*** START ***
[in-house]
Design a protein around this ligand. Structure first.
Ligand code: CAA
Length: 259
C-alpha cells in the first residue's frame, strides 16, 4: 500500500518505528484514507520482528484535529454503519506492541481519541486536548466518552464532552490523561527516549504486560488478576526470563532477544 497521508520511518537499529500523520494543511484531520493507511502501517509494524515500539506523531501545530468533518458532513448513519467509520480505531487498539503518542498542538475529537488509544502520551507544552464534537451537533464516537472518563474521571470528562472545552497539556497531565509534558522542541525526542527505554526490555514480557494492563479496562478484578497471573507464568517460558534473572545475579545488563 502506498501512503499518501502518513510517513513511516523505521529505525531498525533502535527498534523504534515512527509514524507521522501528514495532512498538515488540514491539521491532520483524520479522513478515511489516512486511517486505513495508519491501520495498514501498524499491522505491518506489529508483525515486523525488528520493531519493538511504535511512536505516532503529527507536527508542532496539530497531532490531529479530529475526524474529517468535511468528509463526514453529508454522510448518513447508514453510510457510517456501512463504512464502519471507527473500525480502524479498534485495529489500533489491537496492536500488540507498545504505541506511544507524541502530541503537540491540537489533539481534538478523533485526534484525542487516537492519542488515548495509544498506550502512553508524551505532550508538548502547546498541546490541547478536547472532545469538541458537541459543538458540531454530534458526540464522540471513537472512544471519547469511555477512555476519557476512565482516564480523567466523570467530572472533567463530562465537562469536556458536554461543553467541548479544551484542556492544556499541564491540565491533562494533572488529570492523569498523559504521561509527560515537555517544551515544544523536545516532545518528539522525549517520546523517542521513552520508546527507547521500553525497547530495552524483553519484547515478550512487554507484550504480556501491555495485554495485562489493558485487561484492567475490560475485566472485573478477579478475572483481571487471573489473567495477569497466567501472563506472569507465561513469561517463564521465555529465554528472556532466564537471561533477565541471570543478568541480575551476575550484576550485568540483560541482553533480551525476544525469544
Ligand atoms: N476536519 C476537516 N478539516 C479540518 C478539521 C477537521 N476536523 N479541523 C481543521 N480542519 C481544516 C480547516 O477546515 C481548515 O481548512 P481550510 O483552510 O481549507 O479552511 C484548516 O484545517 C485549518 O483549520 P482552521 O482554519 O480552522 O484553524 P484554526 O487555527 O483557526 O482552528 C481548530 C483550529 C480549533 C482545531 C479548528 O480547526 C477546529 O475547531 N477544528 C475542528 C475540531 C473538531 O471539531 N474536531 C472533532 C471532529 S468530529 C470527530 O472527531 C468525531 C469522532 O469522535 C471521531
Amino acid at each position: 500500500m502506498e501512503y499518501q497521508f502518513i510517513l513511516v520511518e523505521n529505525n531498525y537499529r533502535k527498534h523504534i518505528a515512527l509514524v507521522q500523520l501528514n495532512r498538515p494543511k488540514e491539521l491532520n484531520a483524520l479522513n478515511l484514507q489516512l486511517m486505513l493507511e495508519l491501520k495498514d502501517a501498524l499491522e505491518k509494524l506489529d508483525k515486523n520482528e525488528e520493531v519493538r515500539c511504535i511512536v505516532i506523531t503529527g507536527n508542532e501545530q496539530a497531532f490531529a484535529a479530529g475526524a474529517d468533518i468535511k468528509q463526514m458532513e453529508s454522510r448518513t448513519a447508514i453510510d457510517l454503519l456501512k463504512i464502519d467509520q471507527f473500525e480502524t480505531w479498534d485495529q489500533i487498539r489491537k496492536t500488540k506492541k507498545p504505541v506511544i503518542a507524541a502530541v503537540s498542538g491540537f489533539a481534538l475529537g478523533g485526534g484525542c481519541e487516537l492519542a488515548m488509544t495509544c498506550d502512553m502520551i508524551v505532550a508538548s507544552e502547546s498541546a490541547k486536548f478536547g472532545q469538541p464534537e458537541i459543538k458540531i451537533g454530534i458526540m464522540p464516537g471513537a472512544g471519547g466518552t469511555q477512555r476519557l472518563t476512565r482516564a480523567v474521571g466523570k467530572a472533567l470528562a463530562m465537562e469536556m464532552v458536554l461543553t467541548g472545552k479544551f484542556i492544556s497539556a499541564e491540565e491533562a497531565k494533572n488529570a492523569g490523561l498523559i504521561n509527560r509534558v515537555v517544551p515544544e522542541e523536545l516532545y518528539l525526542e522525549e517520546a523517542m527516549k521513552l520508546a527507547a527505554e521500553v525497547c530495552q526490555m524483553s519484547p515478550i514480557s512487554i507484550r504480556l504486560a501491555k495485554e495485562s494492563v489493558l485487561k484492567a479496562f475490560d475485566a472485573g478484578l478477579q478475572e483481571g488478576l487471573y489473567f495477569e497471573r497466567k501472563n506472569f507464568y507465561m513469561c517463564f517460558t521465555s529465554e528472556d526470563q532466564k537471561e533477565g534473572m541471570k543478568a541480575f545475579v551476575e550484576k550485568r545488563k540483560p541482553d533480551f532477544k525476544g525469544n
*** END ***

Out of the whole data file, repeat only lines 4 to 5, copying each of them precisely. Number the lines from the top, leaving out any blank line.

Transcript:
Length: 259
C-alpha cells in the first residue's frame, strides 16, 4: 500500500518505528484514507520482528484535529454503519506492541481519541486536548466518552464532552490523561527516549504486560488478576526470563532477544 497521508520511518537499529500523520494543511484531520493507511502501517509494524515500539506523531501545530468533518458532513448513519467509520480505531487498539503518542498542538475529537488509544502520551507544552464534537451537533464516537472518563474521571470528562472545552497539556497531565509534558522542541525526542527505554526490555514480557494492563479496562478484578497471573507464568517460558534473572545475579545488563 502506498501512503499518501502518513510517513513511516523505521529505525531498525533502535527498534523504534515512527509514524507521522501528514495532512498538515488540514491539521491532520483524520479522513478515511489516512486511517486505513495508519491501520495498514501498524499491522505491518506489529508483525515486523525488528520493531519493538511504535511512536505516532503529527507536527508542532496539530497531532490531529479530529475526524474529517468535511468528509463526514453529508454522510448518513447508514453510510457510517456501512463504512464502519471507527473500525480502524479498534485495529489500533489491537496492536500488540507498545504505541506511544507524541502530541503537540491540537489533539481534538478523533485526534484525542487516537492519542488515548495509544498506550502512553508524551505532550508538548502547546498541546490541547478536547472532545469538541458537541459543538458540531454530534458526540464522540471513537472512544471519547469511555477512555476519557476512565482516564480523567466523570467530572472533567463530562465537562469536556458536554461543553467541548479544551484542556492544556499541564491540565491533562494533572488529570492523569498523559504521561509527560515537555517544551515544544523536545516532545518528539522525549517520546523517542521513552520508546527507547521500553525497547530495552524483553519484547515478550512487554507484550504480556501491555495485554495485562489493558485487561484492567475490560475485566472485573478477579478475572483481571487471573489473567495477569497466567501472563506472569507465561513469561517463564521465555529465554528472556532466564537471561533477565541471570543478568541480575551476575550484576550485568540483560541482553533480551525476544525469544